3 most common changes made in pupil tracking… have you done these?Monday 14th January 2019
We work with over 1600 schools, so we’re in a great position to watch how pupil tracking evolves.
Over the last 18 months we’ve been monitoring how schools track pupils, and we’ve taken a look at what’s changed. This work has highlighted some common practices, and how schools have altered them.
We’ve seen a huge increase in complicated theories for pupil tracking since the removal of levels. The good news is, we’ve recently seen many schools stripping back their ideas, and the feedback we get from these schools is always positive.
It’d be unfair of us if we don’t share this info with you! So here goes, the 3 most common changes schools have made to their tracking methods.
1: Simplify tracking to reduce workloads
We’ve always tried to build OTrack in a way that means it will work how you want it to. This, we think, is great – but it also means that you can keep adding more and more features to your tracking system. Before you know it, you can end up inundated with mountains of jobs, data and reports.
Pupil trackers have many features available. Summative tracking, objective-based tracking, tracking the outcomes of tests – and of course loads (and loads) of analysis reports. But remember, just because they’re available it doesn’t mean you should have to use them.
Make sure your tracker has the ability to keep things simple. You need the option to only use the features that suit your school, and then hide the rest.
2: Remove ‘new levels’
It seems like a long time since the majority of schools were using Entering, Developing and Secure (E, D, S) to assess. With E set as expected in Autumn, D in Spring and S in the Summer term.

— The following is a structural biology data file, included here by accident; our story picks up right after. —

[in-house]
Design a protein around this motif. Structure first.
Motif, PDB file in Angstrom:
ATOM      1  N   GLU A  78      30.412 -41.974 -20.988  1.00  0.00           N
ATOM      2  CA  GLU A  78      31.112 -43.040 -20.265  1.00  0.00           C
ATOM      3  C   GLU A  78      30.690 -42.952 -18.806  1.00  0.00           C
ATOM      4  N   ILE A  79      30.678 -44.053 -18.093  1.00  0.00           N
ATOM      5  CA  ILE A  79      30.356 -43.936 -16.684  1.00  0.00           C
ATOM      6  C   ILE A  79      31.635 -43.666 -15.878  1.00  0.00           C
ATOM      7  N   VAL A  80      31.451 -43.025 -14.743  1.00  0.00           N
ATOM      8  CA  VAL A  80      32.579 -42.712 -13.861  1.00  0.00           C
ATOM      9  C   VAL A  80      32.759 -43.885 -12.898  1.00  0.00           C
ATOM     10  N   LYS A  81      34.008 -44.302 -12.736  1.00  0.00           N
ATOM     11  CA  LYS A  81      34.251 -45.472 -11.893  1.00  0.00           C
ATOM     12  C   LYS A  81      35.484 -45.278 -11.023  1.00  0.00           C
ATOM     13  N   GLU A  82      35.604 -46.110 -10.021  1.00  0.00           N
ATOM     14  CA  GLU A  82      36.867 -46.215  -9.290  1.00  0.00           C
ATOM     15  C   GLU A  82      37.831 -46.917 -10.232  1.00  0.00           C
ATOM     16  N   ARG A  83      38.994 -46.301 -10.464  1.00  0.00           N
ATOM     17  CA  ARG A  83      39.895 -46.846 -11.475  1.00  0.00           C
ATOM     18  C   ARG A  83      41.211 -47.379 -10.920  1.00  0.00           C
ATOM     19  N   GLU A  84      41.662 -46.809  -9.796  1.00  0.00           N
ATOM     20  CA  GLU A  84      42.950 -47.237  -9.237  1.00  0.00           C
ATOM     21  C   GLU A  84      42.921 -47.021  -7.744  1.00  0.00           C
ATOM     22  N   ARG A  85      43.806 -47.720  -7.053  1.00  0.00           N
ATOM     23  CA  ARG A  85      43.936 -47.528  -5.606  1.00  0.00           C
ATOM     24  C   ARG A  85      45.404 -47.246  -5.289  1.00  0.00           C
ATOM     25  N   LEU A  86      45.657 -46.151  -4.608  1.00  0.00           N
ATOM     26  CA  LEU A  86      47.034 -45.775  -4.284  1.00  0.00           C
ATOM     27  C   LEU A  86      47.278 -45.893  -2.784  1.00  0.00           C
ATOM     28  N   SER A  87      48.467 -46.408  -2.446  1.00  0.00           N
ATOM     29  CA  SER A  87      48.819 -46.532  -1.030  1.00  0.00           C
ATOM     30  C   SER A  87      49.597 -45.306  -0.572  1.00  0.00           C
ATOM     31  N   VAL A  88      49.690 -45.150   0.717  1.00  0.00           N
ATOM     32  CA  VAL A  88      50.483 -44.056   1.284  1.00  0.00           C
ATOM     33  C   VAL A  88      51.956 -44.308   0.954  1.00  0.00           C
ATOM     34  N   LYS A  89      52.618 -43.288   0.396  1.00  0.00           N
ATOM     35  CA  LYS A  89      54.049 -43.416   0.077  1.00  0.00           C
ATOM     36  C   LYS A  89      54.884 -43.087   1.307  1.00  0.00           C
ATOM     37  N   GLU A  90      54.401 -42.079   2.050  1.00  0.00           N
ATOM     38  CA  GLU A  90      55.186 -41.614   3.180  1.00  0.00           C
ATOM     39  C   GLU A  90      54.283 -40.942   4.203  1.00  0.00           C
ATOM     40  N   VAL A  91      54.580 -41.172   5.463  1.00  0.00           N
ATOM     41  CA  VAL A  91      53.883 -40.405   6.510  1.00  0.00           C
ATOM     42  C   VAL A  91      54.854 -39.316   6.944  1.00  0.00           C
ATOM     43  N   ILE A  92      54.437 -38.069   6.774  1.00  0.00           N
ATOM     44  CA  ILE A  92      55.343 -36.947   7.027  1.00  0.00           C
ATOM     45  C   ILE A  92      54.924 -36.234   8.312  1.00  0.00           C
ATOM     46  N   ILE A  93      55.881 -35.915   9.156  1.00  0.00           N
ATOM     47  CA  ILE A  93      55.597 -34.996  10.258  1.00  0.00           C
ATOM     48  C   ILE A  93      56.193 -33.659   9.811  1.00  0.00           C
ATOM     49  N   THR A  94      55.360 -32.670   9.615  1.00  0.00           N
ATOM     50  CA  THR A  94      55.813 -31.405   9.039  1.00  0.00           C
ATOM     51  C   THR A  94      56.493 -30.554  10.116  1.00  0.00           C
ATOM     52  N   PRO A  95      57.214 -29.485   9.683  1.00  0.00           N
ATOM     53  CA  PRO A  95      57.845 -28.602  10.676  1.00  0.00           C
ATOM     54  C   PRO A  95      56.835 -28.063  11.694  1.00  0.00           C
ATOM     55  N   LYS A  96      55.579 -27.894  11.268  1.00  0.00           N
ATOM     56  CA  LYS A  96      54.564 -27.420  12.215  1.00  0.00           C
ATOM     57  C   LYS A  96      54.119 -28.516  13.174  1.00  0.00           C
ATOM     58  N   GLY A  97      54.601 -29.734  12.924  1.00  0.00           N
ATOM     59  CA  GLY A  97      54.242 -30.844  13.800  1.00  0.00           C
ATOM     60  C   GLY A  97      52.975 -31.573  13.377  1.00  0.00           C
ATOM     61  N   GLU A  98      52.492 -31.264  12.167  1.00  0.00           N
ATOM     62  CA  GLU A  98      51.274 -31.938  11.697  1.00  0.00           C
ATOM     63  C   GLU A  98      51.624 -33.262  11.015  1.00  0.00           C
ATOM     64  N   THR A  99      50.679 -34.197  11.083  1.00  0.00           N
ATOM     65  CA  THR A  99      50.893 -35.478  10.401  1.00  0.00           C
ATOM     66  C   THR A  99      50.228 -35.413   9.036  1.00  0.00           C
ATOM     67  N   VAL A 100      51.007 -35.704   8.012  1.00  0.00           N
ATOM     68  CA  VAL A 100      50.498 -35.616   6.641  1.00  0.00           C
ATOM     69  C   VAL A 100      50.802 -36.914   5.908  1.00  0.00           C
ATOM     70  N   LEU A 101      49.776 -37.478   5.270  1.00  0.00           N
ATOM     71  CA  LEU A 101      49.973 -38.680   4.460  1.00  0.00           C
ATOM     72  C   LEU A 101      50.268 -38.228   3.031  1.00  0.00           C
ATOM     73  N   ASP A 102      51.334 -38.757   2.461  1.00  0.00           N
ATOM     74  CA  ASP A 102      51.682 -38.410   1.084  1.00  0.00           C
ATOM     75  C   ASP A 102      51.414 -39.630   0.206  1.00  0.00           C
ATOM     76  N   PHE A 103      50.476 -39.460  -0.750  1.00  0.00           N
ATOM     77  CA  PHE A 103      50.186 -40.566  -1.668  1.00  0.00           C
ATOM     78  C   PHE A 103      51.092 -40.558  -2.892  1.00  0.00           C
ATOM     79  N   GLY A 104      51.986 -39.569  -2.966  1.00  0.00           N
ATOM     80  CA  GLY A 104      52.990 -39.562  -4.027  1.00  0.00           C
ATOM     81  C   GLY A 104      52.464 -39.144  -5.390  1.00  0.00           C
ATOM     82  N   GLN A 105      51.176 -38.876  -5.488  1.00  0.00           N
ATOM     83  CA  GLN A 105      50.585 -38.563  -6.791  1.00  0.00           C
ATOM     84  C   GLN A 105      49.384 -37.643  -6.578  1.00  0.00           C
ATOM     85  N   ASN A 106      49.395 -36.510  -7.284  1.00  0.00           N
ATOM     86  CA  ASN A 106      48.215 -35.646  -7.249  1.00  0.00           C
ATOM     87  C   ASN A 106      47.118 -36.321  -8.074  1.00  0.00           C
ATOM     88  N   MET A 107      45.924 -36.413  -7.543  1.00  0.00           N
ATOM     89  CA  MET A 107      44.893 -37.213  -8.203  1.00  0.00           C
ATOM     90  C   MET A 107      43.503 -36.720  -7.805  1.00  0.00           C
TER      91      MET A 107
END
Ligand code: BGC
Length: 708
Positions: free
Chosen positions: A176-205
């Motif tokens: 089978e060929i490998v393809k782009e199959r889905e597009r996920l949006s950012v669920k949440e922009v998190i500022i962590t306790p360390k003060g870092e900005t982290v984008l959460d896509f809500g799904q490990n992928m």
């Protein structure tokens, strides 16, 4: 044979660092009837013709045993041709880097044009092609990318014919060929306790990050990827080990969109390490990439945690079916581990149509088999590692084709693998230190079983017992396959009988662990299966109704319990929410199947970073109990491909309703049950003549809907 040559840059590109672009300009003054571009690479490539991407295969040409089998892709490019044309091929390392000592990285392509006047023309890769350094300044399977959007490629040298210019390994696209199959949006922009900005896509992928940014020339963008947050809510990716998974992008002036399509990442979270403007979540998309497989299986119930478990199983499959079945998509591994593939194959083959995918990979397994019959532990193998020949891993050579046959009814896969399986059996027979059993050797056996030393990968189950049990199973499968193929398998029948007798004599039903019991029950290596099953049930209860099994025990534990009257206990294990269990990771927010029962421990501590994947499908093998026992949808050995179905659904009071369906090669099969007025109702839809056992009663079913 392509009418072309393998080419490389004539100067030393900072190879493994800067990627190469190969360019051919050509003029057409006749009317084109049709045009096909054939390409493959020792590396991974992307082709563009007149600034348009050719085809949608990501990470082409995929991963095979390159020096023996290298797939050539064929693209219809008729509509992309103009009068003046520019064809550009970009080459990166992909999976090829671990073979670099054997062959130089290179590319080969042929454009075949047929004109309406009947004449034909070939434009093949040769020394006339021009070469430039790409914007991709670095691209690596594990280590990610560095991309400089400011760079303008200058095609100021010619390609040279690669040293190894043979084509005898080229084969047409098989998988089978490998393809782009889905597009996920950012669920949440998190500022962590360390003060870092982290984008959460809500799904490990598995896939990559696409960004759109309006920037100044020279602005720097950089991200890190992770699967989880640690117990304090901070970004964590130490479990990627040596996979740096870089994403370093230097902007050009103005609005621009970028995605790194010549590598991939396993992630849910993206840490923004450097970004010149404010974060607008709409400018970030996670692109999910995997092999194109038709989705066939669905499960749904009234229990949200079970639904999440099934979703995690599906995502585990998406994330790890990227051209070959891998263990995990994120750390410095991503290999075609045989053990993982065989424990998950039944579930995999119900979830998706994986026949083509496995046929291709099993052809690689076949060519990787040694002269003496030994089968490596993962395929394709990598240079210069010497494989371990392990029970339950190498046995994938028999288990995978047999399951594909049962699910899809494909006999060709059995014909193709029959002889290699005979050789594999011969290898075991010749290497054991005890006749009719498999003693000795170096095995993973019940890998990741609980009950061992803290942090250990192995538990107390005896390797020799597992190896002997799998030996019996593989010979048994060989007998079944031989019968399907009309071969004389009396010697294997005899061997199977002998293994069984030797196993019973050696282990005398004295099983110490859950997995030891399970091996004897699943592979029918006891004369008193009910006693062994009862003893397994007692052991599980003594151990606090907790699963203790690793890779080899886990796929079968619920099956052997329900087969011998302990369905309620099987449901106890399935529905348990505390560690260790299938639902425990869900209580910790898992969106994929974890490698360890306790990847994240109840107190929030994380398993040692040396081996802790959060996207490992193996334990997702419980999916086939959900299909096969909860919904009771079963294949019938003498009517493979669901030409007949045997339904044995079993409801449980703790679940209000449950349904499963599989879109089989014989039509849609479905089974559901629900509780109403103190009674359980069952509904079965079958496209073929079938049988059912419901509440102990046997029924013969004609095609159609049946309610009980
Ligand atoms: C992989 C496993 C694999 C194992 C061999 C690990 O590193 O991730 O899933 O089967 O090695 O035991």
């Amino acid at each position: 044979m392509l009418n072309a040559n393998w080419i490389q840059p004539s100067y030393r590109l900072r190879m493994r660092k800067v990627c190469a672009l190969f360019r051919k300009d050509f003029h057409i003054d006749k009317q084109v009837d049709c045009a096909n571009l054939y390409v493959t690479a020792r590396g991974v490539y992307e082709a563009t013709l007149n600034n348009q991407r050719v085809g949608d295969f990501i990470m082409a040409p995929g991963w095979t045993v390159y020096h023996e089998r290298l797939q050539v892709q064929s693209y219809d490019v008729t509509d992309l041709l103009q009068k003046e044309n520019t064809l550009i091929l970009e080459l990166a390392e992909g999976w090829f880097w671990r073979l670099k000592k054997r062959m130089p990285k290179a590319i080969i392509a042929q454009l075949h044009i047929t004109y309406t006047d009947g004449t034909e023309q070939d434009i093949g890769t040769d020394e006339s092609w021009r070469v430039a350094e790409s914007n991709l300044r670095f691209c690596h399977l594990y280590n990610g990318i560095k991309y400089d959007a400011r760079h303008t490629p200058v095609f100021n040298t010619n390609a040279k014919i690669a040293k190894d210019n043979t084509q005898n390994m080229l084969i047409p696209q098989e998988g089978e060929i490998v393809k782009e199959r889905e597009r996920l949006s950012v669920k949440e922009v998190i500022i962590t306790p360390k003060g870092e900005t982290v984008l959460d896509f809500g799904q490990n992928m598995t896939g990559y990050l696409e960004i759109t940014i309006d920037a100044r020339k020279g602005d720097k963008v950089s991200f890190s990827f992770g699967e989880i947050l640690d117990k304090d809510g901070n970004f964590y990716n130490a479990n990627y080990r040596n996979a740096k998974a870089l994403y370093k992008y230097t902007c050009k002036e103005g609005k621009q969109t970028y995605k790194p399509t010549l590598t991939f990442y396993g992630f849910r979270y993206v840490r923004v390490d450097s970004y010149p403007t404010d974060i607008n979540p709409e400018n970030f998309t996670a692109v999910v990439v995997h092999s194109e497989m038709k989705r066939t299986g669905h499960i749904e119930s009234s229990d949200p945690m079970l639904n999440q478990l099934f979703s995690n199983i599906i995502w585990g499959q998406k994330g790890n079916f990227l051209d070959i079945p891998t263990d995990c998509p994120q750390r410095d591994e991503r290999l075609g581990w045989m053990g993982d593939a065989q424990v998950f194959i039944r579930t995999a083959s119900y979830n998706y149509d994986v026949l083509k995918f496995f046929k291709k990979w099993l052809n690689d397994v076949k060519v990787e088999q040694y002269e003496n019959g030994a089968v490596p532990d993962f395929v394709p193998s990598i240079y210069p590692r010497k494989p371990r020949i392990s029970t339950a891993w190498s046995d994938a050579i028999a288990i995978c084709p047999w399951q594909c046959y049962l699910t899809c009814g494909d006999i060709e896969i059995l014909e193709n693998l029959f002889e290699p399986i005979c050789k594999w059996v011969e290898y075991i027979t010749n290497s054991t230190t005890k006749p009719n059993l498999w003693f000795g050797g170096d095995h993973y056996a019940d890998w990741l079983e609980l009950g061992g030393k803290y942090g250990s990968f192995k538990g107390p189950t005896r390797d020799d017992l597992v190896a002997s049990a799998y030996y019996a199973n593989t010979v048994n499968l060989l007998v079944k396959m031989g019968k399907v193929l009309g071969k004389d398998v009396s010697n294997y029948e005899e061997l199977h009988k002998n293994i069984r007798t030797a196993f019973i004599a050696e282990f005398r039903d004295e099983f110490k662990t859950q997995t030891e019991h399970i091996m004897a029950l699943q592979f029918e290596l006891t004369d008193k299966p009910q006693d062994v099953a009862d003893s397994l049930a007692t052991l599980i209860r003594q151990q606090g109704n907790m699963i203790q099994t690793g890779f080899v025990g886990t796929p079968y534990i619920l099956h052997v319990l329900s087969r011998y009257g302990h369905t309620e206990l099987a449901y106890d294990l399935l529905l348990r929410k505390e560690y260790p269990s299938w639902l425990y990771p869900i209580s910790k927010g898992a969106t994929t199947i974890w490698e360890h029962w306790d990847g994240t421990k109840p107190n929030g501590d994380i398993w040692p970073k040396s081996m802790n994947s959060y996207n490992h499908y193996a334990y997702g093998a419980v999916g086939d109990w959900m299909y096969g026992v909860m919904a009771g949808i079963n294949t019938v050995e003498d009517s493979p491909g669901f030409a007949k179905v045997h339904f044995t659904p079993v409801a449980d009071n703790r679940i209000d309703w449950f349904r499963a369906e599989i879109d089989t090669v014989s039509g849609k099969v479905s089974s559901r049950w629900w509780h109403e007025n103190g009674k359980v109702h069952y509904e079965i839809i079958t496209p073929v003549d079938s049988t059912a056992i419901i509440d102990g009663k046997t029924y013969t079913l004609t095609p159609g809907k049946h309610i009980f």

At the time, many thought this was ‘Assessing without levels’. In hindsight it’s obvious now that it was ‘Assessing with new levels’. We started to see a slight move away from ‘E, D, S’ during the 2015/16 academic year. This increased further in following years.
Consider using a Point In Time Assessment model (PITA). We’ve found that more and more schools are starting to use this robust method. It isn’t a rework of levels, and it’s recommended by many educational professionals.
You can read more about PITA in the articles below:
- Here’s our PITA blog: What is Point In Time Assessment?
- Check out point number 2 in this blog: What I think a primary tracking system should do by James Pembroke, the ‘TES Data Doctor’.
OTrack Tip: Consider using a Point In Time Assessment model (PITA). We’ve found that more and more schools are starting to use this robust method. It certainly isn’t levels, and it seems to be widely recommended by many educational professionals.
3: Don’t measure progress, monitor it
This is a big one, and sometimes the one that schools find hardest to leave behind. In a nutshell: don’t measure progress using points, monitor progress using your professional knowledge. This works nicely with the PITA method of tracking.
Get in touch
If you want to ask questions about any of these points, or if you would like us to visit your school to discuss this, get in touch and we’ll get something arranged.